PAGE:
In light of President Barack Obama’s re-election Tuesday night, Gov. Scott Walker now faces a looming decision on how the state will implement the president’s health care reform law.
After the Supreme Court upheld most of the Affordable Care Act in June, Walker announced he would wait until the November elections to decide whether Wisconsin would implement the law in hopes that Republicans would gain control and consequently delay the healthcare measure.
With the president re-elected and the Democrats still in control of the Senate, the changes Walker hoped for did not take place, and the federal law will remain.
The law mandates that by 2014 everybody have health insurance. It will also set up health care exchanges, an online marketplace where uninsured individuals and small businesses can purchase insurance. There are three options for these exchanges in terms of who sets them up: the state, the federal government or a partnership between the two. If states do not set up their exchanges, the federal government will do it for them.
In order to have state-based health exchanges, Wisconsin must send a blueprint of its plans to the federal government by the Nov. 16 deadline. Critics say there is currently not enough time to have a complete blueprint, while Republicans say the deadline is not firm and the state has a chance past Nov. 16 to set up their own exchanges.
On Wednesday, Walker said his administration does not yet know which of the three options the state will follow. He added that as the Nov. 16 deadline does not require complete plans from states, there is still time for Wisconsin to decide which route it will take.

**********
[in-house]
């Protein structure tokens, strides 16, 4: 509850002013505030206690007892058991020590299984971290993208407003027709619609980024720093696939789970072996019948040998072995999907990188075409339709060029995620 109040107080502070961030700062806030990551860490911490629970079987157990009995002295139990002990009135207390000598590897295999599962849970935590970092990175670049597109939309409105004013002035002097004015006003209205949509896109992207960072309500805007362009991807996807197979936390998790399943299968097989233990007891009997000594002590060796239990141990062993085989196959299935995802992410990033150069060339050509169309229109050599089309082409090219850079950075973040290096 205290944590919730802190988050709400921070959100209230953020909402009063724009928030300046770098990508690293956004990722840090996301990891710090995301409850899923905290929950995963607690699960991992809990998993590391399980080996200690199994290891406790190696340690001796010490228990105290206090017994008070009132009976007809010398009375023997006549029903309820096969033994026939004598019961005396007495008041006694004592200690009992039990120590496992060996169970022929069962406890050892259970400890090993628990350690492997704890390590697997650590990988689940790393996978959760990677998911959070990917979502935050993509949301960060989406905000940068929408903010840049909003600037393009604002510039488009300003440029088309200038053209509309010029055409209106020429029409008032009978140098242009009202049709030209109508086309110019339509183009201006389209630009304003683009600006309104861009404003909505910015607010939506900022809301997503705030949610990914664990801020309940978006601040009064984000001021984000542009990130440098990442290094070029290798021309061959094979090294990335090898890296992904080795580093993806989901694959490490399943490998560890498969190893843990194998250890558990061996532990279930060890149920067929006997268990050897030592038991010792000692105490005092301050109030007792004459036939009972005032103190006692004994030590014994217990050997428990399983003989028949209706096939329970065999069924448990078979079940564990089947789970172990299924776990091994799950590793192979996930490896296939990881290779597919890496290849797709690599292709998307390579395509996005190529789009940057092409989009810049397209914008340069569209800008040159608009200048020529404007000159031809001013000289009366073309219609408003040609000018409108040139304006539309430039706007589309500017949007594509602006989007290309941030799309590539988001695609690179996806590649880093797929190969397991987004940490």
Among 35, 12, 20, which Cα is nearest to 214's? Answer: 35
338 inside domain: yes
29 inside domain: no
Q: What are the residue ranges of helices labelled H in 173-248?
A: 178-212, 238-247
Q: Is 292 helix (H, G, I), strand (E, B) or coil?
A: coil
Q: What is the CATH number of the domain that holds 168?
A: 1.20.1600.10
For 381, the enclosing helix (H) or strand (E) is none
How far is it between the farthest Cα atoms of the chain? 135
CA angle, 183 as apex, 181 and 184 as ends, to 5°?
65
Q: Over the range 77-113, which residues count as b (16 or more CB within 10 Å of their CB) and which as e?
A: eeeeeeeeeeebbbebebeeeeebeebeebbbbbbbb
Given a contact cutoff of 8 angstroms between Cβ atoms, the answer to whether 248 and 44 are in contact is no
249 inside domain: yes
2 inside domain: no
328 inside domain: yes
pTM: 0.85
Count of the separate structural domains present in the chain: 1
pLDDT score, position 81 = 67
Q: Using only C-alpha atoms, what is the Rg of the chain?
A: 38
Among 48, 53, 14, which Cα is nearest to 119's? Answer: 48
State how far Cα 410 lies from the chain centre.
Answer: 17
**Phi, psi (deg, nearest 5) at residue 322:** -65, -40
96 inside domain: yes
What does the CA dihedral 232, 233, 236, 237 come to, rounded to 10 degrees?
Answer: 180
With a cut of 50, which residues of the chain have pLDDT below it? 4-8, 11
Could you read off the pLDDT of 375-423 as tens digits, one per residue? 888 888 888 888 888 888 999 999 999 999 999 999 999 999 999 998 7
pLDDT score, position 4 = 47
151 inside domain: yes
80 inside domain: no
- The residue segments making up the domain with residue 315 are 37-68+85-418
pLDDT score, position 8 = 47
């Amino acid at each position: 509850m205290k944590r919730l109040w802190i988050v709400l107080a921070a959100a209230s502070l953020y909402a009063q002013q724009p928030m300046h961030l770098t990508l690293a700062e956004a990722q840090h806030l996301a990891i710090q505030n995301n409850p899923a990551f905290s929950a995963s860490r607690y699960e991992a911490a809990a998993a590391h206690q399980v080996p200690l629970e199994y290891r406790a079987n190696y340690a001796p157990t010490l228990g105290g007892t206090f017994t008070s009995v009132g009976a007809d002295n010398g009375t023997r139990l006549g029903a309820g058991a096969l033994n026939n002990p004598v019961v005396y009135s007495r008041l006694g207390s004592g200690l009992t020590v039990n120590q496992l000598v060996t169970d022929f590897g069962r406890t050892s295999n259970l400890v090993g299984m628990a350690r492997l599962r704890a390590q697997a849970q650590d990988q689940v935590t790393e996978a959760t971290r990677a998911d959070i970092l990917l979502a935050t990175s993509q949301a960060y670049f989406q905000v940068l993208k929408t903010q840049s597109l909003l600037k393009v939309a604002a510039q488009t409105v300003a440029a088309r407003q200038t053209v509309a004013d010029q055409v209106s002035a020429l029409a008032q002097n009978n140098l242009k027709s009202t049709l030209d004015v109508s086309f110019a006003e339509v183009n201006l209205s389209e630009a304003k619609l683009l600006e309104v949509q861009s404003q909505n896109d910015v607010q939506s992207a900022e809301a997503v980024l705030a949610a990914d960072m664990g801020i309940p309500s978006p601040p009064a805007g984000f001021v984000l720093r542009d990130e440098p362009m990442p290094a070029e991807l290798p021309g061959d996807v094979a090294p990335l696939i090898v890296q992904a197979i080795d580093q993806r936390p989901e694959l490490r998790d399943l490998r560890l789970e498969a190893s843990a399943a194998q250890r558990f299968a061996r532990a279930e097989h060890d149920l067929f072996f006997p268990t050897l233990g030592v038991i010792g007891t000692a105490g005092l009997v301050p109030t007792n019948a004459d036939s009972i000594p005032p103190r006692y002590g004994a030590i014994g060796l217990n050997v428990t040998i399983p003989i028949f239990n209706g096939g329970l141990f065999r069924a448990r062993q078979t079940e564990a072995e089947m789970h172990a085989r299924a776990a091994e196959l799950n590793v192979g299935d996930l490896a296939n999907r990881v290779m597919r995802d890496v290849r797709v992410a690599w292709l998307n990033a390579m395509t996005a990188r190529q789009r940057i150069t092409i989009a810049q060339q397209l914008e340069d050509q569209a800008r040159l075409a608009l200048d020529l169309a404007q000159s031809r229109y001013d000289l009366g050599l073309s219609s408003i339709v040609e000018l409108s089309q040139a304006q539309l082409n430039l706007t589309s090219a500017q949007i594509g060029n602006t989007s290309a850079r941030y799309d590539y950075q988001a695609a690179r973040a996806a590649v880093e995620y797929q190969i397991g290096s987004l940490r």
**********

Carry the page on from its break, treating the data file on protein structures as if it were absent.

“Even after notifying them, we have until next fall to make modifications as we see fit,” Walker told reporters in Milwaukee. “We haven’t made a decision yet. … The question, from our standpoint, is what option is best for the taxpayers of Wisconsin.”
In an email to The Badger Herald, Walker spokesperson Cullen Werwie said the governor will meet with “key members of his administration” in the coming days to see what their suggestions are.
In 2011, Walker set up an office that would look into ways the law could work in the state, seeking input from business leaders and others affected by the law. This January, he eliminated that office and also declined a $38 million early innovator grant from the federal government for setting up state-based exchanges.
ABC For Health Executive Director Bob Peterson said he was not sure the federal government would allow a blueprint that is not as complete as other states’ plans. As Peterson described it, “it takes two to tango” — if Wisconsin does come up with a plan by the deadline, the federal government would need to be flexible to ensure Wisconsin’s plans continue. Peterson called the exchanges a “new direction in health care” and said they were going to happen either way, so the state should move forward with them.
“It’s a big opportunity for individuals and small businesses to purchase insurance using the concept of pooling,” Peterson said. “There are a lot of ways you can set it up and getting input from a lot of folks is the best way to get an exchange that is reflecting the views of the people of Wisconsin.”